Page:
A few weeks later, the full pilot arrived online. I put off watching it for days because I was so afraid that I wouldn’t like it. I let a few friends see it first, and based on their mostly positive reviews, decided that I was being kind of crazy. But it turned out that my gut instinct was right. For someone who was smack in middle of the target demo and a Mindy enthusiast, this should have been an easy sell. But I can remember laughing out loud only once during the first episode — that scene where she’s in the pool, drunkenly talking to a Barbie doll. Other than that, I didn’t find the show all that funny. The tone was off. Take that scene where Chris Messina’s character, Danny, nastily tells Mindy that she could stand to lose 15 pounds. It was a jarring moment that completely killed the mood, not only of that particular scene, but of the entire pilot — especially given some heavy hints that, while a condescending jerk, Danny is going to end up being Mindy’s Mr. Darcy somewhere down the line. (Also problematic for me: Ed Weeks’ character — apparently intended to be the equivalent of Hugh Grant’s sleazy womanizer — has no sex appeal. In fact, I find his character kind of asexual.Possessing a British accent and being reasonably attractive isn’t all it takes to make someone sexy.)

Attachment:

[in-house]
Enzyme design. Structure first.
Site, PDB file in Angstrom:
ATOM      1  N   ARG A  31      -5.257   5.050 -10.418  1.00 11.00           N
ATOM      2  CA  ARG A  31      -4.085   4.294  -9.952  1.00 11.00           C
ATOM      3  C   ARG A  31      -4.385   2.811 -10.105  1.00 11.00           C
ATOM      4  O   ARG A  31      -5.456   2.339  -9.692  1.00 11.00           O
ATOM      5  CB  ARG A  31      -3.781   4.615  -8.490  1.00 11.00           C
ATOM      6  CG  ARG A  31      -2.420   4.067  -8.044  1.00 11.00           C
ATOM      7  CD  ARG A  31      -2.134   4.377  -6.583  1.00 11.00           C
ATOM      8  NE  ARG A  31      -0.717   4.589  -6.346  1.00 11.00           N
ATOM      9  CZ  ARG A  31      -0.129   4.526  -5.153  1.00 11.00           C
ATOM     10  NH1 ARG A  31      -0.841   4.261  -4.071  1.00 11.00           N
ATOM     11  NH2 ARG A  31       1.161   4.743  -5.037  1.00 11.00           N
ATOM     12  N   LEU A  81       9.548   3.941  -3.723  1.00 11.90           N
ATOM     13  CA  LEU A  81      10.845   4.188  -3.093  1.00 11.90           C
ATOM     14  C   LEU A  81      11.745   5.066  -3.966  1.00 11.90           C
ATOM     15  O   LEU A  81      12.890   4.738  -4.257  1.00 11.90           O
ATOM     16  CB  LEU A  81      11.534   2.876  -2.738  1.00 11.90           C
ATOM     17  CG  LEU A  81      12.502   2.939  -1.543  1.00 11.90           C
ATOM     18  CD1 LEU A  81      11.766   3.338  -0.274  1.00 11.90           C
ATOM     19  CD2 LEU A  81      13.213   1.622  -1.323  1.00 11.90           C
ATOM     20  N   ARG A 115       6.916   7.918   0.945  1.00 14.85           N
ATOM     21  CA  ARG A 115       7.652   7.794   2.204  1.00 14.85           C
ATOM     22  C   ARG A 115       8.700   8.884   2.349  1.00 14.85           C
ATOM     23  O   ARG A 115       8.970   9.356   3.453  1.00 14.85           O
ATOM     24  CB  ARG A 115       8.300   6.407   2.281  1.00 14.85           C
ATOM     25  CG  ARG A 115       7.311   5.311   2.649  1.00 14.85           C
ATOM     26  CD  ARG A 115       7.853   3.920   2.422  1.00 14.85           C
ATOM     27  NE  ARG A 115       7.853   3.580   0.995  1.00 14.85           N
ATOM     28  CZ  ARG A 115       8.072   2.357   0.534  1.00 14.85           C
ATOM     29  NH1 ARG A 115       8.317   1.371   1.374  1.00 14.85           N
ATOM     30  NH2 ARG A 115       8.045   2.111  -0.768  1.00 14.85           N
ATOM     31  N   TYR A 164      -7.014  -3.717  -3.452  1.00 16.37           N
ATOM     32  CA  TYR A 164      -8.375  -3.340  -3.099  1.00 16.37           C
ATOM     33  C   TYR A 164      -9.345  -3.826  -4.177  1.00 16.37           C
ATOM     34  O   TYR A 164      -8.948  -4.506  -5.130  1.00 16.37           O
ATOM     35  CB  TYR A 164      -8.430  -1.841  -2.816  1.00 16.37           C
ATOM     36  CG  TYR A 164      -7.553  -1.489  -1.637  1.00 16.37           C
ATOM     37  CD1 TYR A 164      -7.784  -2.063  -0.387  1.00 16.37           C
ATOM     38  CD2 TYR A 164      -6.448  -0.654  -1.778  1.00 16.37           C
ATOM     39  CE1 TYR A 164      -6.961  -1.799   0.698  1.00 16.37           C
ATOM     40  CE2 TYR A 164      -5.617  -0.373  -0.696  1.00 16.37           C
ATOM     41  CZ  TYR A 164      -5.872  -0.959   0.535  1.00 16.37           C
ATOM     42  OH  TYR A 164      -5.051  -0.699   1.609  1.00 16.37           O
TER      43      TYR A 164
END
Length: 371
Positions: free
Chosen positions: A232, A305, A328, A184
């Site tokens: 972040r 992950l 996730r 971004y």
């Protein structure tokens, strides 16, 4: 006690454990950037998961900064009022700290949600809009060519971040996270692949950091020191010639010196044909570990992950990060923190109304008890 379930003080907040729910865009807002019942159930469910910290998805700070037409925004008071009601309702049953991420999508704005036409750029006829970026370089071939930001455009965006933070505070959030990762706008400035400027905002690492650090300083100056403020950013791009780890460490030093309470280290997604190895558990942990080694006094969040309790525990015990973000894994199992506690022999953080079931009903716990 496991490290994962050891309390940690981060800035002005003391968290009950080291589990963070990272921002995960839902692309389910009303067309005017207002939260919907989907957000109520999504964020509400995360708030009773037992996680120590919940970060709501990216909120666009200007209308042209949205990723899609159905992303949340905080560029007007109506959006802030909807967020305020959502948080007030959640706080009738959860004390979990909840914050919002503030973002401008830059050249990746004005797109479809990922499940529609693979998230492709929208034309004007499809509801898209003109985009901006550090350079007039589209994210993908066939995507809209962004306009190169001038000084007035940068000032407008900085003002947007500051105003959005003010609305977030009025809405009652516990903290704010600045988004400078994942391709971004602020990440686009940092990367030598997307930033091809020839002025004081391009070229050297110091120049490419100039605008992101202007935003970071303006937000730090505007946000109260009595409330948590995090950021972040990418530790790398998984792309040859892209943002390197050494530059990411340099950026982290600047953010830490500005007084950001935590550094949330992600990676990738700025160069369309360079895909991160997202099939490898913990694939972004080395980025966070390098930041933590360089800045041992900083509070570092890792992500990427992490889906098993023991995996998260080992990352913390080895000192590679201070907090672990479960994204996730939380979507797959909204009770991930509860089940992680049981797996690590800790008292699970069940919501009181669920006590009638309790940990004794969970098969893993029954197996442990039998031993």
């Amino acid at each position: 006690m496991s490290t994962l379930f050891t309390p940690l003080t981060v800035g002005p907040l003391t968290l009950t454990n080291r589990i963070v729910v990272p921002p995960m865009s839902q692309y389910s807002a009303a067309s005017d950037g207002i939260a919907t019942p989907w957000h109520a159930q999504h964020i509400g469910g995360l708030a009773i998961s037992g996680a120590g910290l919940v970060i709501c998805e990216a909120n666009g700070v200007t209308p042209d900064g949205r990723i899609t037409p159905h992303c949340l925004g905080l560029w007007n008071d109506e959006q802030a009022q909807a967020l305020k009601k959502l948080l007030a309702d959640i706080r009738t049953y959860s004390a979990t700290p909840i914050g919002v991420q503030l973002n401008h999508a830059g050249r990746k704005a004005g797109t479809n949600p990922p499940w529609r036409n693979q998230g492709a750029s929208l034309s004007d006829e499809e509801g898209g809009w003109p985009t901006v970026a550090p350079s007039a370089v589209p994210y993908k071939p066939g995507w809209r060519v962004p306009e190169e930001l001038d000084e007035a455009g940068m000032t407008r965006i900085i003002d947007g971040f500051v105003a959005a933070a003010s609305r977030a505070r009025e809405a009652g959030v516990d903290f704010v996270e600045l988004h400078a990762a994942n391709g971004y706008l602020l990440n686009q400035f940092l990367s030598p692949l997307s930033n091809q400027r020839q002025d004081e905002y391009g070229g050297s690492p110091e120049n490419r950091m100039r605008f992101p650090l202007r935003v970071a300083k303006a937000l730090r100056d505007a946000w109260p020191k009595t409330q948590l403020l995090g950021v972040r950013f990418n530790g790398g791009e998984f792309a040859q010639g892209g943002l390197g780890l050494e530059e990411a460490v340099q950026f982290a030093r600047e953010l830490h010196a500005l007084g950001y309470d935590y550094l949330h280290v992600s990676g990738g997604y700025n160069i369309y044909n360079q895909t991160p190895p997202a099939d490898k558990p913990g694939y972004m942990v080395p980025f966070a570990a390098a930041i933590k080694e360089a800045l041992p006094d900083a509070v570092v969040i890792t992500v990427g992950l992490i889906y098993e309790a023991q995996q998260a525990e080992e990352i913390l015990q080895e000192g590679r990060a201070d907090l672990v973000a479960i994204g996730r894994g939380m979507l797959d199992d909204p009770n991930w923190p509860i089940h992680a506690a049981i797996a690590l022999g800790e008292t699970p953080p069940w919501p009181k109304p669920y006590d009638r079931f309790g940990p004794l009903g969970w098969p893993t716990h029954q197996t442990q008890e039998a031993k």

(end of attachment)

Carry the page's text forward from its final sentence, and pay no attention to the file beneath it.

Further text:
In spite of my initial misgivings, I stuck with it. The addition of the hilarious Ike Barinholtz as reformed ex-convict Morgan Tookers in the second episode helped provide more laughs. (It’s probably worth nothing that he’s also a writer on the show.) I was also pleased to see The Mindy Project shift from being a romcom into more of an ensemble based workplace sitcom — something there’s a surprising shortage of these days. Then the third episode (“In The Club”) got everyone out of the workplace and into a less formal setting where we could really start to appreciate some of the group dynamics (you know, as opposed to Mindy and Danny just bickering with one another), and put more of a focus on the supporting players for a change. Plus that bit with Morgan pretending to be a bathroom attendant was weird and fantastic. In the same way, the Thanksgiving episode continued to expand the show’s universe, giving us a glimpse into the home lives of a few characters. The scenes with Dr. Reed getting cozy with Betsy’s family, while a bit stereotypical, were sweetly funny, while Danny, all alone in the office and singing “Piano Man,” kind of broke your heart. And of course, Morgan again, this time inexplicably cooking for Mindy’s bestie Gwen at “Wayne Manor,” and doing pushups to entertain her family.